The Journey of UNICAMP towards its First IPv6-Only Website


The Journey of UNICAMP towards its First IPv6-Only Website

By Henri Alves de Godoy – Computer Network Analyst, Campinas University

The year 2023 has been marked by many celebrations and advances in the field of computer networks. We are celebrating the 40th anniversary of the migration of a significant number of hosts to the TCP/IP protocol in January 1983 [1]. That was the deadline proposed by Jon Postel for us to migrate from the NCP protocol (Network Control Program) to a new protocol, the TCP/IP (Transfer Control Protocol / Internetwork Protocol).

This year also marks the 25th anniversary of the first IPv6 protocol specification, initially proposed in RFC 2460. In fact, according to a research conducted jointly with LACNIC [2], statistical projections indicate that users in Central America would be the first to reach 51% of IPv6 deployment in their networks by December 2023.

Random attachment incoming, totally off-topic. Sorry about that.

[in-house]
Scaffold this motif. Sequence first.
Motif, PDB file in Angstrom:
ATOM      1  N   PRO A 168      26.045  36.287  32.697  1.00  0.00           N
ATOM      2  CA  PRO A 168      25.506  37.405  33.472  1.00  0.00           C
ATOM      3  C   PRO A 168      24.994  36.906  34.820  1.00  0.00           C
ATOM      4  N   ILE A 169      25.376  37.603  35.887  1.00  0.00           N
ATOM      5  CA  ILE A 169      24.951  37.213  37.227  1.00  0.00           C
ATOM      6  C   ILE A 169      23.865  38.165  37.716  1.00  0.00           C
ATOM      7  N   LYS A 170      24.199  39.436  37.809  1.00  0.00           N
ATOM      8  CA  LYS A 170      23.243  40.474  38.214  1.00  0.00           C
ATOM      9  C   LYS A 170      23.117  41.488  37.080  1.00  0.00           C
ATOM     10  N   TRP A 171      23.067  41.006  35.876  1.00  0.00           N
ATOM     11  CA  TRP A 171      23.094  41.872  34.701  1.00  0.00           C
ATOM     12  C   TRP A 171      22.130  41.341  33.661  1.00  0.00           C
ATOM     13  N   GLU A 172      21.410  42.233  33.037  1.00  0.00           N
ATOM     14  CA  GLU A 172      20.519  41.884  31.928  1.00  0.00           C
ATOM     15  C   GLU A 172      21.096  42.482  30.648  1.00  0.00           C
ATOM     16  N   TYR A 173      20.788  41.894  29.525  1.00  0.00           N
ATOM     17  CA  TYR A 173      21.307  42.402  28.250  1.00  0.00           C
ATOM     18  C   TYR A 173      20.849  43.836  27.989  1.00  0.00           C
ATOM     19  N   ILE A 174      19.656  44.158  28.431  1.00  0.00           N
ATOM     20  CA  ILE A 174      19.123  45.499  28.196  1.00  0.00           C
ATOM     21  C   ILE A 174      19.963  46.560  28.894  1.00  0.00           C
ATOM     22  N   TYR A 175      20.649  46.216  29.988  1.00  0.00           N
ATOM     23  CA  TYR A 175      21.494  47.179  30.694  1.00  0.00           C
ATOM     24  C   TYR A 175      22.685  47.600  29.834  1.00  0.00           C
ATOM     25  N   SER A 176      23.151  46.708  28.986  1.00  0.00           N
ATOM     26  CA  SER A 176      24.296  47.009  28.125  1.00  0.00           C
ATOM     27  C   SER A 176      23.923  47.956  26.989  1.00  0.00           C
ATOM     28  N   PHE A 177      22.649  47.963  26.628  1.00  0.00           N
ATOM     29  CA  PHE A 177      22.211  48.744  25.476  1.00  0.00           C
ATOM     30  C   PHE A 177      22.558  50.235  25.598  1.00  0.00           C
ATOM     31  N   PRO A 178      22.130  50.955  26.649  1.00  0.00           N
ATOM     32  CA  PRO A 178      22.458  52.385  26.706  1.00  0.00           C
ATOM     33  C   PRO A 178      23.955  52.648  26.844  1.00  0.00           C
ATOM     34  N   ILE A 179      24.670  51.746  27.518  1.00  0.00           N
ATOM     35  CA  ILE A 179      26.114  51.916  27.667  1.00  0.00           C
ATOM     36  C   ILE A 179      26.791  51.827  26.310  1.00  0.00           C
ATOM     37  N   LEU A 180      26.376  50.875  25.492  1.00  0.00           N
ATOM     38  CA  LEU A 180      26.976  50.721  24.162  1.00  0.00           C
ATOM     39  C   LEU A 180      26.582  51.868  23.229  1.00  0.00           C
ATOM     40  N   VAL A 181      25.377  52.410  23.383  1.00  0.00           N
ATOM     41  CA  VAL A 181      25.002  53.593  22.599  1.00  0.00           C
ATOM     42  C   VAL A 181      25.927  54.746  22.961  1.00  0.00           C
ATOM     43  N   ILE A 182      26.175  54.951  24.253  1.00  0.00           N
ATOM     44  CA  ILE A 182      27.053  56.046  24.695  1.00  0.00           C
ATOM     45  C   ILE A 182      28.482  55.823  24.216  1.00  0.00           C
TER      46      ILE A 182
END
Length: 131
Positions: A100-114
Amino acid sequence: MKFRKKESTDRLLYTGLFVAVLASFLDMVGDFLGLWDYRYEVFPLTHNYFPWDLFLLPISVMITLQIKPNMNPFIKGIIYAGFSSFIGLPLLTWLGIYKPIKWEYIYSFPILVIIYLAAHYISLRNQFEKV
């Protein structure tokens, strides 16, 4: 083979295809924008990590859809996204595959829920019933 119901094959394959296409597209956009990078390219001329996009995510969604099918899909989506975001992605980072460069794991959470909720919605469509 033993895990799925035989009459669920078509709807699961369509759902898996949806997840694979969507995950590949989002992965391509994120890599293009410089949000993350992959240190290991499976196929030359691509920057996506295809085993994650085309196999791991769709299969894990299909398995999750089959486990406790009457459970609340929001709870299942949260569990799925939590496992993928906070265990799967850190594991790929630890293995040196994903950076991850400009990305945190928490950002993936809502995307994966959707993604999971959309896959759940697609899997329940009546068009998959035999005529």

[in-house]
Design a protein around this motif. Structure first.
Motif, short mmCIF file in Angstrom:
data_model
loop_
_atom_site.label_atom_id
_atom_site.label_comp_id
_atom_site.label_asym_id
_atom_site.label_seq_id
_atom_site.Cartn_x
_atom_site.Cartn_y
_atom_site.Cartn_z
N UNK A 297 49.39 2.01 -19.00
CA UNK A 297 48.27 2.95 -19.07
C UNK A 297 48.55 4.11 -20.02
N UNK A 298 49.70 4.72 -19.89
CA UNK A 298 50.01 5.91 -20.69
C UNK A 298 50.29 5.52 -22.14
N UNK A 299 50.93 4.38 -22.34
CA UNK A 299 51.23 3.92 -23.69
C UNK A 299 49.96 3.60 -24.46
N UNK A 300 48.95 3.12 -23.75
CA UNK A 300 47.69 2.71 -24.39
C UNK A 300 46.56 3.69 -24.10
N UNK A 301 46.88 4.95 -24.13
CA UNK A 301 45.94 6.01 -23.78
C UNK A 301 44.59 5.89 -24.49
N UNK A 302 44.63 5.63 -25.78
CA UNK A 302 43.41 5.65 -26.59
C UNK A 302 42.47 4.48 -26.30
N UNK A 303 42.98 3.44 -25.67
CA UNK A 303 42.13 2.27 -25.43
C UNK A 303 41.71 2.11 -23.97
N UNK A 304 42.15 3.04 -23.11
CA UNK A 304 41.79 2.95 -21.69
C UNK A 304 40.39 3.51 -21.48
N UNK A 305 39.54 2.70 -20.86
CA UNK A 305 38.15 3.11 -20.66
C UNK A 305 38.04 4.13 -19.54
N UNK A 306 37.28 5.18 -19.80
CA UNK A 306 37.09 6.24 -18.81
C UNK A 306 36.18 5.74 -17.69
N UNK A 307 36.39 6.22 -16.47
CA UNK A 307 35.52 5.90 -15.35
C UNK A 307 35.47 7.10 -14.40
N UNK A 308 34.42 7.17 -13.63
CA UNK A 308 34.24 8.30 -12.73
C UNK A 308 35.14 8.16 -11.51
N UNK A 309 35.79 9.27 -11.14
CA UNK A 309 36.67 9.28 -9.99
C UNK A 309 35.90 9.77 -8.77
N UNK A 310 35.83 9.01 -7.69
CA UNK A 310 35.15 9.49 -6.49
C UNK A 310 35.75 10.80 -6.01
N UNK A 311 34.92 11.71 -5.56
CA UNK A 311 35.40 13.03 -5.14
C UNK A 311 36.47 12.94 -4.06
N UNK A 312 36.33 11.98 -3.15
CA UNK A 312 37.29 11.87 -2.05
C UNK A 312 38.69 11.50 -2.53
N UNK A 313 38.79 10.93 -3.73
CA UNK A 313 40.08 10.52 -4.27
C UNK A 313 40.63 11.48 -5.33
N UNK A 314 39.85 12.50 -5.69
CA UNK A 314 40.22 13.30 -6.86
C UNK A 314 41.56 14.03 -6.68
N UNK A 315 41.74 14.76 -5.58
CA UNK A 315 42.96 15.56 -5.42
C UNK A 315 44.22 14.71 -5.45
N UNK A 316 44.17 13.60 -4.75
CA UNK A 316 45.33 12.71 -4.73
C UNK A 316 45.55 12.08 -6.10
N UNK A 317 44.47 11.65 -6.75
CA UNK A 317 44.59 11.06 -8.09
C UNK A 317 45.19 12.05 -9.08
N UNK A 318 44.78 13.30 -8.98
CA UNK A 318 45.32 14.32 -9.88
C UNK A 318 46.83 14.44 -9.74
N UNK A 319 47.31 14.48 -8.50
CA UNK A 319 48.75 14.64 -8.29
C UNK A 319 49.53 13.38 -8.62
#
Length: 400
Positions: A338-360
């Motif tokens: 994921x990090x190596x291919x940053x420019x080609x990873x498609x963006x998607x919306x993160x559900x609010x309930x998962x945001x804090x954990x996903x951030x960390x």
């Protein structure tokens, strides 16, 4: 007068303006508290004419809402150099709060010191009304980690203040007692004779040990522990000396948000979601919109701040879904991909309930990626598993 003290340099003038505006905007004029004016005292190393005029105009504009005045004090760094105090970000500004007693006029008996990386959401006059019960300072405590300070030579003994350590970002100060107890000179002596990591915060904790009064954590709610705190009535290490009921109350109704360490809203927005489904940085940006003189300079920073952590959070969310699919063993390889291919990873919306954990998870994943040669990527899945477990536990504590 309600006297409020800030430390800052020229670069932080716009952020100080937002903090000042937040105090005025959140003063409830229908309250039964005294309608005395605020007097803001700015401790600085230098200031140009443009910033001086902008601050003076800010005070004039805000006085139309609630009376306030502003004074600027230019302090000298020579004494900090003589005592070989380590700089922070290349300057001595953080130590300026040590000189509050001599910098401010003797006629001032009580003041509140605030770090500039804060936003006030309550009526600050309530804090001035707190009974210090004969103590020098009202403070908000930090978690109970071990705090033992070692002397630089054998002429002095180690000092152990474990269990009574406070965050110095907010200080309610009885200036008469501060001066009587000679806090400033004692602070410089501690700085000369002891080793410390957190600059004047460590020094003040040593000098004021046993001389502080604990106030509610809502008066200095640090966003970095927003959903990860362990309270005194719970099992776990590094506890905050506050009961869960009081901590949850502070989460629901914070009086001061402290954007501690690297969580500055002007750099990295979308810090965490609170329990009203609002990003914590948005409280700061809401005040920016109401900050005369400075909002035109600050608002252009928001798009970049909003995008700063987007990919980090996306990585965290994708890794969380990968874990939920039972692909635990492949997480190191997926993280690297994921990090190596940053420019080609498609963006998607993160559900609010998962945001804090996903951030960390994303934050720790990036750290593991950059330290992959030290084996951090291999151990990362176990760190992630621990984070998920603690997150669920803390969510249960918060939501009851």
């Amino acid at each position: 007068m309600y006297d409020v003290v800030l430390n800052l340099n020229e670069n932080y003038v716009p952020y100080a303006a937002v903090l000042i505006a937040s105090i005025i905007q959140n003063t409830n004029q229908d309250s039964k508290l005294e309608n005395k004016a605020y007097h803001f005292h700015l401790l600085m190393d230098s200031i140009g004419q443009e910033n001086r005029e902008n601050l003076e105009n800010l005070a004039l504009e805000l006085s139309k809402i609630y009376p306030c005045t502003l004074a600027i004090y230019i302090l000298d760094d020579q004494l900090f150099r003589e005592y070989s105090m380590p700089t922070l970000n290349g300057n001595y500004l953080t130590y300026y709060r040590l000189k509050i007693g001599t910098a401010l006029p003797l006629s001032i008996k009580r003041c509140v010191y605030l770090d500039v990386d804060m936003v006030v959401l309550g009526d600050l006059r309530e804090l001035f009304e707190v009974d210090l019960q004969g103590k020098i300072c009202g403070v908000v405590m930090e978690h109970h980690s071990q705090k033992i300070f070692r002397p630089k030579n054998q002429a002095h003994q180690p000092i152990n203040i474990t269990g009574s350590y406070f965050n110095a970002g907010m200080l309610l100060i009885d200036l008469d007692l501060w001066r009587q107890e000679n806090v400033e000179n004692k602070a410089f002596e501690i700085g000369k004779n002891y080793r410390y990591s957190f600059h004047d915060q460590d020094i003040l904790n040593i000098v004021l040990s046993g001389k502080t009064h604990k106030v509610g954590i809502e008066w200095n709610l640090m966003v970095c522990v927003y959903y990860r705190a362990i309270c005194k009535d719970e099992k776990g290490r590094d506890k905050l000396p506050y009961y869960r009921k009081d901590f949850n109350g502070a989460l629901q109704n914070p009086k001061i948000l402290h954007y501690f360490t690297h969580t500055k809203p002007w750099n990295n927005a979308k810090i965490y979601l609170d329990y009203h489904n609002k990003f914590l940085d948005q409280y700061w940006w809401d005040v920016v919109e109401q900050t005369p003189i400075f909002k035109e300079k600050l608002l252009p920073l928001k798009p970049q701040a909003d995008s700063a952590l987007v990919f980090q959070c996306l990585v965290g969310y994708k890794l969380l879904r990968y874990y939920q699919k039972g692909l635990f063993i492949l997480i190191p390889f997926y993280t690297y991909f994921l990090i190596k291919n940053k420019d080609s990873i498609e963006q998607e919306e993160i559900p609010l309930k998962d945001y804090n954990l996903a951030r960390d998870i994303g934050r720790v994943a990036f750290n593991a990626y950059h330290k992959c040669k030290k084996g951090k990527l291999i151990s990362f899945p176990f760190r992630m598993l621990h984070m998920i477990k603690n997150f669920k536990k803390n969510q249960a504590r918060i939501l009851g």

On the World IPv6 Launch Day [3] in 2012, we were challenged to implement IPv6 in our networks with the aim of testing the behavior and coexistence between two versions of protocols: IPv4 and IPv6. The anxiety and fear of potential mishaps or access control failures were replaced by the excitement of welcoming the first visitors to the University’s websites and receiving the initial emails through IPv6 connections.

Since then, the most straightforward approach to start implementing IPv6 has been through the deployment of dual stack, which involves delivering two addresses simultaneously: one for IPv4 and one for IPv6. This method, although faster and easier, requires double work from network operators to manage two versions of protocols that coexist in the same network, as well as:

  • ACL configuration guidelines, firewalls, routing tables, addresses.